Tosfos on the gemara K'suvos 5a d.h. "Shemo yish'chat BEN ofe" says that there is a text of these words which reads "BO ofe" rather than "BEN ofe." This would indicate that the word Shabbos if male. Tosfos says that this presents no difficulty as Shabbos is both male and female, and either form may be used. Tosfos brings two sources for Shabbos in the male form, our verse and Yeshayohu 56:2 "Meichal'LO." The female form is found in Shmos 31:14, "M'chal'leHOH," and "VOH."

Rashi has the text "BEN ofe" and makes no mention of Shabbos being a male word. Indeed, Rashi on Yeshayohu 56:2 d.h. "Zose" says that the male form "Meichal'LO" refers not to Shabbos but either to GUARDING, "shimur," of Shabbos, or the DAY, "yom," of Shabbos. One must assume that Rashi would learn our verse the same way and say that "VO" refers to the words "u'va'YOM hashvii" mentioned earlier in this verse, although Rashi makes no mention of this. The Rada"k clearly states that when we find the male form by Shabbos it refers to the YOM.

How many words in Loshon Hakodesh do you know that have the characteristic of appearing in the male and female form? Please bring Tanach sources for all words in both male and female forms.

Which words in Tanach have a mixture of male and female in the self-same word, a sort of verbal androgenes?


1) Rabbi Yosi says that this teaches us that the sin of kindling a fire on Shabbos is punishable by lashes only and not by stoning as are other m'lochos (gemara Shabbos 70a)

2) This teaches us that one may not kindle a fire to melt lead on Shabbos which is needed for carrying out the death penalty of "sreifoh." (gemara Sanhedrin 35b)

3) Since lighting a fire from an existing one for food preparation, "ocheil nefesh," is permitted on Yom Tov, the Torah points out that kindling a fire on Shabbos is prohibited. (Rashbam)

4) One might think that kindling a fire is permitted as it is a destruction of the fuel which feeds it. Nevertheless, it is prohibited when it creates an accomplishment in its application. (Sforno)

5) The M.R. Breishis chapter 82 says that Hashem did not create fire during the six days of creation. It was created on the night after Shabbos (gemara P'sochim 54a). Since Hashem did not cease from the m'lochoh of kindling a fire that first Shabbos, one might think that kindling a fire is permitted on Shabbos. (Tiferes Y'honoson)

6) This alludes to one refraining from kindling the fire of argument on Shabbos. This is a day when people refrain from work and have time to socialize. This could lead to heated arguments. (Akeidas Yitzchok)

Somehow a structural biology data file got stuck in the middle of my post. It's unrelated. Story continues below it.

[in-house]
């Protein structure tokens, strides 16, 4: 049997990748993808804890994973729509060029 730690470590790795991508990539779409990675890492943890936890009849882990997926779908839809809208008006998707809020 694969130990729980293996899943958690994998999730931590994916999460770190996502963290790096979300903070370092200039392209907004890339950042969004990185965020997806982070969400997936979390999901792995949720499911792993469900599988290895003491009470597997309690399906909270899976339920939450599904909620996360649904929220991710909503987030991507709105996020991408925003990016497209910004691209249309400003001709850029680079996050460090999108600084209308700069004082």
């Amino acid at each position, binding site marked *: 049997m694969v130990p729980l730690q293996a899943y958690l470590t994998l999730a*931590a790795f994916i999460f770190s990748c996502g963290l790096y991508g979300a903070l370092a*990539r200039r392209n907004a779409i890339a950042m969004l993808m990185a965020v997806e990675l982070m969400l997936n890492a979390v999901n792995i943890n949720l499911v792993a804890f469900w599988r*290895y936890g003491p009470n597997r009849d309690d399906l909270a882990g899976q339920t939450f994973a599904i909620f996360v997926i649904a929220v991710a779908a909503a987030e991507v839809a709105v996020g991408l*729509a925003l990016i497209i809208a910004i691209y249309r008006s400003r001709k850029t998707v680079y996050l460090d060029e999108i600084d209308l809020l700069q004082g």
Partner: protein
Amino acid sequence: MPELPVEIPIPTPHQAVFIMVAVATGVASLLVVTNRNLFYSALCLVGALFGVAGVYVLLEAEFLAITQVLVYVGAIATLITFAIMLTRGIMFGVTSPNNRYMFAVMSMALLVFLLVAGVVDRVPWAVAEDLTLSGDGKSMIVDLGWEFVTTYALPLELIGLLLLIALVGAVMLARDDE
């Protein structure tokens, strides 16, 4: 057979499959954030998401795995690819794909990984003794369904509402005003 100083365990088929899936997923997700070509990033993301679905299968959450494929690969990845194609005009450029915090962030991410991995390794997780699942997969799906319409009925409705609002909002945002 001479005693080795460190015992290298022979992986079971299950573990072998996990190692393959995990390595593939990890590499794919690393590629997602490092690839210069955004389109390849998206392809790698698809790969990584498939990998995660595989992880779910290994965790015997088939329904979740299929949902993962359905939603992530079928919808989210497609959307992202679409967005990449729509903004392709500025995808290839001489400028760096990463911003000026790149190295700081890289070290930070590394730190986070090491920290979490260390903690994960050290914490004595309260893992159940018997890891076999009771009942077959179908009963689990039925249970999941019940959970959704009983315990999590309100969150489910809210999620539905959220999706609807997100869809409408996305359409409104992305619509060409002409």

7) The gemara Shabbos 119b says that where there is desecration of the Shabbos fire wipes out the community. This is taken from Yirmiyohu 17:27, "And if you will not hearken to Me to sanctify the day of Shabbos ...... and I will kindle a fire in her gates which will consume the mansions of Jerusalem and it will not be extinguished." Our verse is alluding to this by saying "Do not cause a fire to be kindled which will consume your homes by desecrating the Shabbos." (Ohr Hachaim Hakodosh and Kli Yokor)

8) This teaches us that one may not kindle a fire in his home but a fire may be kindled in the Beis Hamikdosh for the needs of processing sacrifices (gemara Shabbos 20a). (Ohr Hachaim Hakodosh)


The Sichos Tzadikim says that since the purpose of creating the Mishkon was to have a centre for the Divine Presence to rest, it would require that the donations and building of the Mishkon involve no haughtiness. Arrogance pushes away the Divine Presence. If the materials that were brought would amount to exactly that which was needed, each donour would feel that without his donation the Mishkon would be incomplete, no matter how large or small the donation was. This emotion negates the sanctity of the Mishkon. Only because it was known that there was extra was it sufficient. Now each donour wasn't sure if his materials were used. This kept the donours from feeling that they were indispensable in the creation the Sanctuary.

The Rav of Volomin zt"l applies this thought to the previous verse. Another reason besides Rashi's for the word "V'ha'n'siim" being spelled without a Yud is because the tribal heads knew that their donations, the stones for the Kohein Godol's breast-plate, were being used. They lacked the sense of humility shared by all other donours, who did not know whether their donations were used. (Ma'yonoh Shel Torah)



See also Sedrah Selections, Oroh V'Simchoh - Meshech Chochmoh on the Weekly Parsha and Chasidic Insights